Employee turnover at credit unions remains low, according to CUNA’s 2012-2013 Credit Union Turnover and Staffing Survey. But it’s likely to rise as the economy improves.
The overall credit union turnover rate was 10% in 2011, down from 12% in 2010 but similar to the 2009 turnover rate of 9%.
The past few years have seen stagnant wage growth coupled with heavier workloads. Consequently, many employers are reporting lower levels of employee job satisfaction and engagement.
Expect dissatisfied, stressed workers to seek job opportunities elsewhere when hiring picks up, says Beth Soltis, CUNA's senior research analyst.
In addition, retirements could drive an increase in turnover in the near future. Many older employees put off retirement to rebuild their nest eggs.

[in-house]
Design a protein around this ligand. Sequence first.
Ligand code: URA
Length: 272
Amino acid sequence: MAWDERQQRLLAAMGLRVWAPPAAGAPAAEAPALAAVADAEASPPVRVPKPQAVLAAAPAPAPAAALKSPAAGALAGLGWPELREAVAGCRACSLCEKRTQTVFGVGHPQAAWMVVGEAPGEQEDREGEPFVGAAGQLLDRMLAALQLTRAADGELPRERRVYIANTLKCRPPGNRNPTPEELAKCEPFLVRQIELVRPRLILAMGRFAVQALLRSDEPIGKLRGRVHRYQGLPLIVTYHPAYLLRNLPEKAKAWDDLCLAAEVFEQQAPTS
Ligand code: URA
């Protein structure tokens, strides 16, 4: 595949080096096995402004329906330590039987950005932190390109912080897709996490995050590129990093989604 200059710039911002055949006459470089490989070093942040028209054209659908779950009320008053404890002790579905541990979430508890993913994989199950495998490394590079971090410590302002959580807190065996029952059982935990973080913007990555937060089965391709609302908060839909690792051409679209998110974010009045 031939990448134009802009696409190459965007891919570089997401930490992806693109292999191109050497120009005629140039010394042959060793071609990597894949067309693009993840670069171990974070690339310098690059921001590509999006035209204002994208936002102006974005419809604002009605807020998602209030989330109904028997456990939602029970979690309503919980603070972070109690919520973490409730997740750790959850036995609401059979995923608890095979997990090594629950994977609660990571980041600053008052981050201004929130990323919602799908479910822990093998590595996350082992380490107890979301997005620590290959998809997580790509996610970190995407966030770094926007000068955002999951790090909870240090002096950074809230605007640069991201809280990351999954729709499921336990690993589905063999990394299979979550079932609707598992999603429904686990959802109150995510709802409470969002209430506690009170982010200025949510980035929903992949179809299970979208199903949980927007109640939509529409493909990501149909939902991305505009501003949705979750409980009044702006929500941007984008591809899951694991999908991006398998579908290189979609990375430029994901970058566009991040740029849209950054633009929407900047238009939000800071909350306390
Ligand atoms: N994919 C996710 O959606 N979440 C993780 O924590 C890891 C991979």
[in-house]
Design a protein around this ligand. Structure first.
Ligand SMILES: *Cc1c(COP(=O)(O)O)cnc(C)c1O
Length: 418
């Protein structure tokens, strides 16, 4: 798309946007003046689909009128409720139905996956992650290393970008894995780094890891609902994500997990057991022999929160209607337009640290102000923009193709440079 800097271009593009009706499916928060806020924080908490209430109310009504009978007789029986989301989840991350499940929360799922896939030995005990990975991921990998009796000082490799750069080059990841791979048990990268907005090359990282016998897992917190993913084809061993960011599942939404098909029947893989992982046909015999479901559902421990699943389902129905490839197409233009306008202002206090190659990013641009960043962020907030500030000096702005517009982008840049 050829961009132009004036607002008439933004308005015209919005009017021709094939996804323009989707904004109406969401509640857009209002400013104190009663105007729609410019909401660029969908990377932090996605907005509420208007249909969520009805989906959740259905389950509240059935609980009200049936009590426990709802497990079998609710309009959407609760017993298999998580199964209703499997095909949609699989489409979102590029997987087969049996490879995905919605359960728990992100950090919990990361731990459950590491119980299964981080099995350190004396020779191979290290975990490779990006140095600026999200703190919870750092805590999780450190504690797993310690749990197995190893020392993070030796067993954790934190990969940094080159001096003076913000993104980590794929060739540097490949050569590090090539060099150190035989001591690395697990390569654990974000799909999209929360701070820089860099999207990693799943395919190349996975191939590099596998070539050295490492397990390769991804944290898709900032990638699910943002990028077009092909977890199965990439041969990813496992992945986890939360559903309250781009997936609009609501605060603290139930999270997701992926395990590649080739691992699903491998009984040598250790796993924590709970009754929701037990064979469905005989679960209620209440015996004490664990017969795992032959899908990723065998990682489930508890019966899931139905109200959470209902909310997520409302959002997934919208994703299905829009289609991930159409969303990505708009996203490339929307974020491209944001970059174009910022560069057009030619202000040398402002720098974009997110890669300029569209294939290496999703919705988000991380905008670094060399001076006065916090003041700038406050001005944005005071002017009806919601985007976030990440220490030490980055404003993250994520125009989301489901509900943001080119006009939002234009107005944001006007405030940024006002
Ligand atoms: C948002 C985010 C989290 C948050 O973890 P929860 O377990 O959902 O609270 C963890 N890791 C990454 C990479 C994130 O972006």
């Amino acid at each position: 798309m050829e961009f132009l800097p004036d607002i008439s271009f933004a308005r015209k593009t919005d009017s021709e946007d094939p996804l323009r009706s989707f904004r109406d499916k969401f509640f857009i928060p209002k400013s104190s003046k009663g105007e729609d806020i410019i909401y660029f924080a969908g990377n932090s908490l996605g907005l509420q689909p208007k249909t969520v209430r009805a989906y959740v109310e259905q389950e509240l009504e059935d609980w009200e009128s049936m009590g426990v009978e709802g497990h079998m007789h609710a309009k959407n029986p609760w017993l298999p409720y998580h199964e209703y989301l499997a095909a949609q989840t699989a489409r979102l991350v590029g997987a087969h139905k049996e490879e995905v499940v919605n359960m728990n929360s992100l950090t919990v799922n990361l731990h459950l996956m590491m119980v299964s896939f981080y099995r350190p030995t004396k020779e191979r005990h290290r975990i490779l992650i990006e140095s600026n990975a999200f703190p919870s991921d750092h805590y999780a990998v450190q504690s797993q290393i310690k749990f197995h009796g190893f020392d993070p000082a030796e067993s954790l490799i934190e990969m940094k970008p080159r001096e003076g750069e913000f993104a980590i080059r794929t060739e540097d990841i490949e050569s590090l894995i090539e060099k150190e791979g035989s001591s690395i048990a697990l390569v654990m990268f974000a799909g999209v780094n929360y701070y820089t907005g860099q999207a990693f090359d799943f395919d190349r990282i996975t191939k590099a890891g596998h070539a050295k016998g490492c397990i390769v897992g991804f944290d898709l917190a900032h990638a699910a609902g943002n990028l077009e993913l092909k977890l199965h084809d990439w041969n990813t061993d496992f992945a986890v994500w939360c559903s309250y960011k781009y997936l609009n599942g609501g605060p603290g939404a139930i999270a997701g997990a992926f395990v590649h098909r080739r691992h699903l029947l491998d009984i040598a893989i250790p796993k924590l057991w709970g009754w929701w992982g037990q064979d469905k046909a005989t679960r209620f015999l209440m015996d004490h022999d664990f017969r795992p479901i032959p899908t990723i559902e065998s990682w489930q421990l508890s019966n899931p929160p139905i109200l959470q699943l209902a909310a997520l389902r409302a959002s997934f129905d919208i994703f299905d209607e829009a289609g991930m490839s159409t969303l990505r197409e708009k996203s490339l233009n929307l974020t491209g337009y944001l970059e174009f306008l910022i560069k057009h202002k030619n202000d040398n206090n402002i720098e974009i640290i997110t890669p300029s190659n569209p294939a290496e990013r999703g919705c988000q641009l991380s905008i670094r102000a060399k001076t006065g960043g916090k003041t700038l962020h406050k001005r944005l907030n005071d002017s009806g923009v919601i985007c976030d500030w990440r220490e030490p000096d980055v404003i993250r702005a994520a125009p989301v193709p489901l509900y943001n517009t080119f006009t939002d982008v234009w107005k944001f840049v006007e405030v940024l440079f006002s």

As their finances improve, these workers will begin exiting the workforce. High turnover among experienced managers and other key positions could have an especially detrimental effect on organizational performance—possibly leading to instability or a leadership void.
While turnover rates can signal a problem, they don’t tell the whole story. For instance, high turnover indicates employees aren’t staying in jobs for very long at your credit union. But the rate itself doesn’t explain why employees left or which staff employees left.
Did they leave because they’re poor performers who couldn't handle job expectations? Or were they high performers you’ll regret losing?
Are your employees high performers who consistently meet performance and productivity goals? Or are they simply accustomed to working at the credit union and haven’t taken the initiative to look for career advancement elsewhere?
The answers to these questions should dictate your credit union's approach to recruitment and retention strategies, Soltis says.
This article originally appeared on CU E-Scan.
Not only does absenteeism affect your bottom line, it increases everyone’s workload.